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EL CAJAS NATIONAL PARK
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CHILDREN - FAMILIES - SENIORS - PETS
Within Cajas Massif Biosphere Reserve by UNESCO.
Natural National Heritage.
National protected area.
Important Bird Area IBA.
RAMSAR World Importance Wetland.
OPENING HOURS (or DATE if it is an event)
Open every day
Recommended to visit from 08:00 to 16:30
The Tres Cruces Hill, in Cajas National Park, is many things at once. Viewpoint, continental water divide, crossroads. It is located at 38 kilometers from Cuenca, a city declared a World Heritage Site by UNESCO. The trip by car to its summit takes 40 minutes on the paved road to Molleturo. Its Quichua name is Kimsa Cruz.
The hill is at an altitude of 4,167 meters above sea level. It is an obligatory stop for national and foreign travelers. It has spectacular views to both East and West of the lagoons and moors of the Cajas National Park. Here photography and video are unavoidable activities. You have to be well prepared to withstand the wind and cold. For those visitors who want more adventure, they can reach a second viewpoint on Tres Cruces hill, after climbing 300 steps, above 4,200 meters above sea level.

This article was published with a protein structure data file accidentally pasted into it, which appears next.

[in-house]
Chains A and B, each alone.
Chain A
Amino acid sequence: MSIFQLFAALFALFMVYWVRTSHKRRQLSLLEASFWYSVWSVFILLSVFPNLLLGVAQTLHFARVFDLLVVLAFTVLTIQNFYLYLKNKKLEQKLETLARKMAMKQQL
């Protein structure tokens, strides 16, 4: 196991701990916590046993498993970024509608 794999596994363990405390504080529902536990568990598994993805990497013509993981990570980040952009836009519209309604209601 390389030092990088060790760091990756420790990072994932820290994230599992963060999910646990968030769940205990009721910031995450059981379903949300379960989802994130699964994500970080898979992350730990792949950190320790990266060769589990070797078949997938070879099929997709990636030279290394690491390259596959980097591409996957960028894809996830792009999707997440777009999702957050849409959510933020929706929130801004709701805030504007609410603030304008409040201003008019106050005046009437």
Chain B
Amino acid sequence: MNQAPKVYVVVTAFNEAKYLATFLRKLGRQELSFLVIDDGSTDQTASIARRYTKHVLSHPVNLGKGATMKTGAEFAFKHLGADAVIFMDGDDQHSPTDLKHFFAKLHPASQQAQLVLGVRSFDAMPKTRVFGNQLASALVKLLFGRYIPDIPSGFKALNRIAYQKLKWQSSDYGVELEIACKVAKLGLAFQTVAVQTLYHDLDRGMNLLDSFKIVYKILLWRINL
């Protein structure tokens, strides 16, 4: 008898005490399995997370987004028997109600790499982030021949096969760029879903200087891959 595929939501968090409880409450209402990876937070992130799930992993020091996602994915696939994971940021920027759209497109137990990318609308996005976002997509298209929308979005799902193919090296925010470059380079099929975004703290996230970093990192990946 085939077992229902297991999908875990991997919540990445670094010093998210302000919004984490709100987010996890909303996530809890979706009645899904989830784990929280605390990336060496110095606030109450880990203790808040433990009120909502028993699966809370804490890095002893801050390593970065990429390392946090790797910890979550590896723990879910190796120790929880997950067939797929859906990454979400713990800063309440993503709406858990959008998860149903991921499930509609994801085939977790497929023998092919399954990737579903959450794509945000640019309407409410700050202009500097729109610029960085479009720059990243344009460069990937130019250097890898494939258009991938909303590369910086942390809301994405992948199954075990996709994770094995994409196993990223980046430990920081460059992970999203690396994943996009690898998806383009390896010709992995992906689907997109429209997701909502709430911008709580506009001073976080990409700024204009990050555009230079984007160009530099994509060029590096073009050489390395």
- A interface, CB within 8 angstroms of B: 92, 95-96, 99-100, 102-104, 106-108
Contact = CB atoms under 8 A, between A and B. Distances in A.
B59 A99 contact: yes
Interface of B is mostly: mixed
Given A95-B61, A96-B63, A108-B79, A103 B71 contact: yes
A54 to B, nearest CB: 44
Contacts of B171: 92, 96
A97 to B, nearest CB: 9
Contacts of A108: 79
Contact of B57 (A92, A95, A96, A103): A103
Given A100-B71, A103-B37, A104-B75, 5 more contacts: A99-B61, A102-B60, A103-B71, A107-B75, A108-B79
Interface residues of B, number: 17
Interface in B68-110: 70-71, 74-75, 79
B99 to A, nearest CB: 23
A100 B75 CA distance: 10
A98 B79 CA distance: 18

As a landmark, it is the water divide, between the Pacific and the Atlantic, closest to the Pacific Ocean in South America. From here you can also see the last remnants of Andean forest.
As a crossroads, the recently built Cuenca-Molleturo cement road, the García Moreno road from the Republican era, and the ancestral Qhapaq Ñan (Camino Real Andino), declared a World Heritage Site by UNESCO in 2014, all go up the Andes in Tres Cruces. Therefore, Tres Cruces is a historical place of contact between the Sierra and the Coast and of contact between sky and earth, in the south of Ecuador.
One more characteristic makes Tres Cruces a very special place: its "apachita" which translates as "the one who helps to carry". In the place there are three marble crosses, they are his particular mark, which over the years have been buried by the stones accumulated (apachita) on them by travelers. This custom goes back to the ancient Andean walkers, who carried small stones to the most difficult mountain passes and left them there, as an offering so that the "apus" or hills would allow them to continue the journey.
As a result of these offerings to the gods, three large stone mounds were formed. In an attempt at Christianization, the mounds were replaced by crosses. But it didn't work. On the contrary, the three crosses were merged with the "apachita", because the travelers gave continuity to the custom. For all these reasons, Tres Cruces is a mandatory stop when travelling to Cuenca from Guayaquil by land.
ADDRESS OR VENUE
Km 38 of the Cuenca-Molleturo road, Cajas National Park, 40 minutes drive from Cuenca, Province of Azuay, Ecuador